Settled our bill, IRe 9,400 so near enough to what I had thought. We walked up to meet the others at the road end but became fed up with waiting, we were much too early, so we walked to the market and bought some Cokes. We saw a couple of the hotel staff buying supplies and decided that they had been waiting for us to pay our bill so they had some money. When we returned to the hotel some of the others had arrived and they seemed as pleased to see us as we were to see them. Every one had arrived by 12:00 and all attacked the now available beers and cokes. Norbo cooked the lunch in a camp kitchen that they had set up over the road. Alan said that it was much better than the hotels and it looked it. The mist was down early and it was damp so there was no sitting in the garden chatting and looking at the view of Kabru as promised by the trip notes. Norbo excelled himself with the evening meal. It seemed quite strange to us to be part of a large group again with all the chatter and noise.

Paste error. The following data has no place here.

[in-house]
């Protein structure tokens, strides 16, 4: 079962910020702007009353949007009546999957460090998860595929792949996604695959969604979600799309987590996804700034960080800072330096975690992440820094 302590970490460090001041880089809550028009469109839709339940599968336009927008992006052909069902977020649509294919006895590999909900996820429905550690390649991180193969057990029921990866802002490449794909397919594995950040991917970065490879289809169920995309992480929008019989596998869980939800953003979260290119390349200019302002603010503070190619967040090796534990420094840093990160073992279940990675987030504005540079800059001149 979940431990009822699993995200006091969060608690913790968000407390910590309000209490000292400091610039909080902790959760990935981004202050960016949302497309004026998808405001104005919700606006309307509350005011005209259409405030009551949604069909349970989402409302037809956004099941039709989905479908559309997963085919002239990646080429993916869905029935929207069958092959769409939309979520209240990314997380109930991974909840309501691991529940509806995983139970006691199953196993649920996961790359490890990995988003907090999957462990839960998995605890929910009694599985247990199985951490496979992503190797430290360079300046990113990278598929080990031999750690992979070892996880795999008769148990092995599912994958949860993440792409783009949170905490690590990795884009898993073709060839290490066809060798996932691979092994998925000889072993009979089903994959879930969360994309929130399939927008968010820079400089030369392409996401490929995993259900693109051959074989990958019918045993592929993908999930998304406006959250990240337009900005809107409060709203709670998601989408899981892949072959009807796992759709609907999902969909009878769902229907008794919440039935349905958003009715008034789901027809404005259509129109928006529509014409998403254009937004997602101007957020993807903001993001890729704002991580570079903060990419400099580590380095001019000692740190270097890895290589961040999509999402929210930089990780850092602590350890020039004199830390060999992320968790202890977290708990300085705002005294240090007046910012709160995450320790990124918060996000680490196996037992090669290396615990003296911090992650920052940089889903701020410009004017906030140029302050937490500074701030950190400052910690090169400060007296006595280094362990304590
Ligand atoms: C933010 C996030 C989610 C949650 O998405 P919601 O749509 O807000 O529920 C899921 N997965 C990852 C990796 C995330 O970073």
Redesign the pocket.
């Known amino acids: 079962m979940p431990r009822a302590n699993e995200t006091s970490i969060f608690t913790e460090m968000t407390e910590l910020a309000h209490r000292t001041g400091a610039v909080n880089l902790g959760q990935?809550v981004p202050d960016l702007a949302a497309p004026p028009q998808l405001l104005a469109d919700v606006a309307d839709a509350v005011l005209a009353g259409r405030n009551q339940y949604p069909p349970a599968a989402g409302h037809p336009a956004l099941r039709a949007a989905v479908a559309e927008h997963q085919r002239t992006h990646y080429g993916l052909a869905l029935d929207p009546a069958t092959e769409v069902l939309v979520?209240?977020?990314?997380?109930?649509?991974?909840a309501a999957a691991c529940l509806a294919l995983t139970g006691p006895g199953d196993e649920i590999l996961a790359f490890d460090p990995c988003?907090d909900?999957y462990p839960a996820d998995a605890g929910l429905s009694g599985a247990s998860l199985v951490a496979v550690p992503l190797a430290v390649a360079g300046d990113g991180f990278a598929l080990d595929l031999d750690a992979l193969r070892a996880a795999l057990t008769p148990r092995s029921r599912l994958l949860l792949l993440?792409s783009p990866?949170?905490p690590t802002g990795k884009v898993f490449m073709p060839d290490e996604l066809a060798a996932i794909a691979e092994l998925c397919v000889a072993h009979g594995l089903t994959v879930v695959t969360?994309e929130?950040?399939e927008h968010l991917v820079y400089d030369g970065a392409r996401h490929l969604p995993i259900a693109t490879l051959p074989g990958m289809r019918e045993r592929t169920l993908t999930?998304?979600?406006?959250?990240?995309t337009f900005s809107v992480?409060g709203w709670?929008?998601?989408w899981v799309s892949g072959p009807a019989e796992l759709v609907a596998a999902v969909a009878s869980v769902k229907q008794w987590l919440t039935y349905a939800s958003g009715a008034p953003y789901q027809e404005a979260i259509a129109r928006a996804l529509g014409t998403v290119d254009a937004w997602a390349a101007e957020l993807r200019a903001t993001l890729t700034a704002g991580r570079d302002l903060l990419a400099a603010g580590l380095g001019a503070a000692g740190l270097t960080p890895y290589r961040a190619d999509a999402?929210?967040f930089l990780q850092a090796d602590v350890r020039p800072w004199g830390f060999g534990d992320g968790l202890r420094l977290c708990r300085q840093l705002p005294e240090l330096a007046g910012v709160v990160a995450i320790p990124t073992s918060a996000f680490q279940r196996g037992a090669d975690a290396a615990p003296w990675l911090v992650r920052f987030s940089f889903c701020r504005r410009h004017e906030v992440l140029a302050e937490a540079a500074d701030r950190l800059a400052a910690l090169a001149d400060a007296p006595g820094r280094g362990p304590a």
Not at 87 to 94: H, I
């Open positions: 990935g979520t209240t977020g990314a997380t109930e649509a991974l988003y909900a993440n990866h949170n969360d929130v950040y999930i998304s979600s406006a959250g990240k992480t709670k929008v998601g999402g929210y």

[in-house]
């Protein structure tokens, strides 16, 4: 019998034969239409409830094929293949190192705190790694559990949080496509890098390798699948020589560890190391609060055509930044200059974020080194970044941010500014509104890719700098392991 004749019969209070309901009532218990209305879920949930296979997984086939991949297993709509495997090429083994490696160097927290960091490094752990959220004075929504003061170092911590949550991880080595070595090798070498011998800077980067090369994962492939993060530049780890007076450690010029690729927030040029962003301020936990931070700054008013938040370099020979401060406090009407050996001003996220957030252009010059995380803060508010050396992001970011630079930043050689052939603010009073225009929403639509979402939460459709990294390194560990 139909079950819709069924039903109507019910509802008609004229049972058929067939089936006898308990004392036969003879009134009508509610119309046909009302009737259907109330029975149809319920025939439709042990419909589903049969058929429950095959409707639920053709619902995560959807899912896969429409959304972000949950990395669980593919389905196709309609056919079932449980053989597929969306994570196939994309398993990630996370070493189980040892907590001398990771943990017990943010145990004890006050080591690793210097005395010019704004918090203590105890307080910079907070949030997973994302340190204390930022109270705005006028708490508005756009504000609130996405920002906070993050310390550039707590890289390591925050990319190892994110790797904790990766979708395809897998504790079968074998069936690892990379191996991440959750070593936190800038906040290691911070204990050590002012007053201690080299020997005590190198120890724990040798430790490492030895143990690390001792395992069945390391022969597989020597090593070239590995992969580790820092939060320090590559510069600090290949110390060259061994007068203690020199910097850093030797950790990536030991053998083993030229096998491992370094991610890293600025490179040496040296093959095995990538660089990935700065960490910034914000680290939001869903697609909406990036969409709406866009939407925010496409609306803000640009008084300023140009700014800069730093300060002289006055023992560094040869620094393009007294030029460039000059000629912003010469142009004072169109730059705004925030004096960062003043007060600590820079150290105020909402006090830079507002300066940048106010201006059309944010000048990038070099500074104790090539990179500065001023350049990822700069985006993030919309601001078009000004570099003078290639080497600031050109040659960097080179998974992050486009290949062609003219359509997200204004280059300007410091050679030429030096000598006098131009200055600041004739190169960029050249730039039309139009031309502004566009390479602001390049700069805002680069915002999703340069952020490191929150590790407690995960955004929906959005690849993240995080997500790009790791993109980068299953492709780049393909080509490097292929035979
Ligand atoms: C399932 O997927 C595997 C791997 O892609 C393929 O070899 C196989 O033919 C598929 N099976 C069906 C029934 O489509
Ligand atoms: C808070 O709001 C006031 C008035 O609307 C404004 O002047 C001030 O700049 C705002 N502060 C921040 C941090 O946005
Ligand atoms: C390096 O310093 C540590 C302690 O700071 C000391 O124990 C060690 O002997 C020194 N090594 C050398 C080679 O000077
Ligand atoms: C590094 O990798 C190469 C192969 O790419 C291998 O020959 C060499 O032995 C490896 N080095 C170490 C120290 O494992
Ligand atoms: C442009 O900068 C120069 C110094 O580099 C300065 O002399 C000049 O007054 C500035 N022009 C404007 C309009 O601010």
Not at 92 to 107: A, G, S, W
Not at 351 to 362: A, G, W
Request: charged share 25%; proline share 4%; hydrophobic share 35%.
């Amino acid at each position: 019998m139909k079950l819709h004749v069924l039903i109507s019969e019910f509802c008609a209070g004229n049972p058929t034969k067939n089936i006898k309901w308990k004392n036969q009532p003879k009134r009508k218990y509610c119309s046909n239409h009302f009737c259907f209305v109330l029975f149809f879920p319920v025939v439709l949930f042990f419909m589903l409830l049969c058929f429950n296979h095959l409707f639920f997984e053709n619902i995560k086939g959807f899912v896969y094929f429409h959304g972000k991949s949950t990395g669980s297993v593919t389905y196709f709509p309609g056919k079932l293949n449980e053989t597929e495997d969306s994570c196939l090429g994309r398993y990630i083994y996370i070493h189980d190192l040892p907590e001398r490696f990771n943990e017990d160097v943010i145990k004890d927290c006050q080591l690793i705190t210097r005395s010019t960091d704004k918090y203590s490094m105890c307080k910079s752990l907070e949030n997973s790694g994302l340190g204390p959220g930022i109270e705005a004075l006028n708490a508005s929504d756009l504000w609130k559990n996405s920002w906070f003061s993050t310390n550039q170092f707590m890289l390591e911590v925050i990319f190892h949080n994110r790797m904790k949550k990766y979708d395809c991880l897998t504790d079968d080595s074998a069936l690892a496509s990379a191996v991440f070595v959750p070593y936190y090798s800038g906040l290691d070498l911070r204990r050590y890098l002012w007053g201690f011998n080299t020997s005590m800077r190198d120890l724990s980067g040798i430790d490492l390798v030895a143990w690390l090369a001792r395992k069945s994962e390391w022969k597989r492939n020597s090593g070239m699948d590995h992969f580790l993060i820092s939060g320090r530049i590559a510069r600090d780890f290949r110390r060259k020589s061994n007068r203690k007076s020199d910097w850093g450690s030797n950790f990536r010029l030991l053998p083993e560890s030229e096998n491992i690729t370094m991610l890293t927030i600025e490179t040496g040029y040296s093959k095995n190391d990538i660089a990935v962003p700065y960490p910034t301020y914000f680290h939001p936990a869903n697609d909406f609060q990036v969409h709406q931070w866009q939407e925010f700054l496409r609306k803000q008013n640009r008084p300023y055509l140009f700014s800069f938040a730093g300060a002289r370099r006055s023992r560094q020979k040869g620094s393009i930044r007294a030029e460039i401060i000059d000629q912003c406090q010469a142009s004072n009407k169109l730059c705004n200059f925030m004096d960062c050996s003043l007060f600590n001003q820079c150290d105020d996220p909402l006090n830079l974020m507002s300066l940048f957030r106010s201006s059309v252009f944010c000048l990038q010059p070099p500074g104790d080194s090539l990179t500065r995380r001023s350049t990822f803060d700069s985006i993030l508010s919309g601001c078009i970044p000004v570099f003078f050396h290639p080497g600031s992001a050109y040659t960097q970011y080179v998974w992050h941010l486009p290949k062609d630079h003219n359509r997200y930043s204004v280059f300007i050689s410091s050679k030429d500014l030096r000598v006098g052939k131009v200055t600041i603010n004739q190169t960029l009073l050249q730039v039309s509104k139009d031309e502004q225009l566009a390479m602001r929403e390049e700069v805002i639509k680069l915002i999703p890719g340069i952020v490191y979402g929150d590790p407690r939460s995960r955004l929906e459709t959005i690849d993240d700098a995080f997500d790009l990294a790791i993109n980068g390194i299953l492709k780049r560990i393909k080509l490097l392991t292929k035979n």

We left the hotel in the Mahindras (4x4) at about 8:00. We were sharing with Mike and Stephen again. The three of us were concerned about Alan's back as the roads were partly tarmac, partly dirt and stone and fully pitted with large holes. He managed to jam himself in the corner and was fine. I had more trouble being in the middle and the road seemed to consist of nothing but hairpin bends and road works. At one point we went over a land slip and the outside wheels were just on a plank. Alan thought it was great but my stomach had other ideas. We stopped at Jorethang where the shops were selling duty free booze. I found a chemist and bought some more Brufen for Alan but they didn't have any Valium or Temazepam/Diazepam (muscle relaxants). I did get a new battery for my camera, obviously this was a thriving place. Back in the 4x4s we continued to Melli where we crossed the border. Tashi did the paper work and the rest had lunch in a roadside café. We saw lots of monkeys and birds. Jill later reported that she'd seen a snake. I wish she'd said as I would have liked to have seen it. We had been following the Ranget river to Melli where it joined the Rongni. Later in West Bengal it became the Tista. It became an old friend and we were sorry to leave it. We arrived at the Himalayia Hotel in Kalimpong at about 14:00. The hotel was faded Raj but the rooms were great, double bed, en suite shower, a small sitting room and an outside sitting area. Kalimpong was a large town and we had a wander around. Found a chemist, but Rex was there and he bought the Diazepam for us. We went to the church which was Church of Scotland! It still gave Sunday services and we had quite a long chat with the organist. I had been getting quite worried about our cash flow as Rex didn't think that we would be able to find a bank open or an ATM. However, he arranged for Rimo to advance us some money when we returned to Delhi, invoice KE and we could pay them when we returned home. I stopped worrying then and it all worked very well. We all met for pre-dinner drinks in the lounge. Various people had had a massage from the masseur and it was decided that it would not be recommended to the females in the future! There were two men selling Tibetan jewellery in the dining room. Some of it was really beautiful, I bought a bracelet and earrings for Ceili and Alan bought a necklace for Emma. Dinner was at 20:00 and was excellent,. Egg drop soup [minus the egg for me], chicken korma, alao bindi, gobi masala, rice, daal and roti followed by lemon mousse. Fortunately they hadn't thought to provide a vegetarian option for the pudding so I didn't have to eat any more. I had already eaten much too much, as did most people I think.